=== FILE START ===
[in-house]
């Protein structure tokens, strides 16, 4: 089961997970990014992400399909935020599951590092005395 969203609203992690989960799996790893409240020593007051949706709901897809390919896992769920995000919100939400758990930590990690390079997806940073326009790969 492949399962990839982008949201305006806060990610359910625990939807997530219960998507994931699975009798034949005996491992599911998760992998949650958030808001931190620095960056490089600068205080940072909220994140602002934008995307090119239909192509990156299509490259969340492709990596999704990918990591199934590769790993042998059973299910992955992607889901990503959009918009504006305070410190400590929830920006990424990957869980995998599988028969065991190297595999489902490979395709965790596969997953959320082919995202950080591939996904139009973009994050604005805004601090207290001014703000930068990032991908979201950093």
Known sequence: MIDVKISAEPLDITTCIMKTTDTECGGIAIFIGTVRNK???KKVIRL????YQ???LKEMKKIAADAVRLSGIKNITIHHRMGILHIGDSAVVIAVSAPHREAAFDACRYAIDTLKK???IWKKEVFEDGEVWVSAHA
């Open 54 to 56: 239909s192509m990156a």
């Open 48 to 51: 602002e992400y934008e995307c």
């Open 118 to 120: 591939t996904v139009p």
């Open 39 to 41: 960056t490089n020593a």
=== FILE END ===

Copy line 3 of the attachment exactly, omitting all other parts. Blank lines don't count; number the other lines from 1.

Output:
Known sequence: MIDVKISAEPLDITTCIMKTTDTECGGIAIFIGTVRNK???KKVIRL????YQ???LKEMKKIAADAVRLSGIKNITIHHRMGILHIGDSAVVIAVSAPHREAAFDACRYAIDTLKK???IWKKEVFEDGEVWVSAHA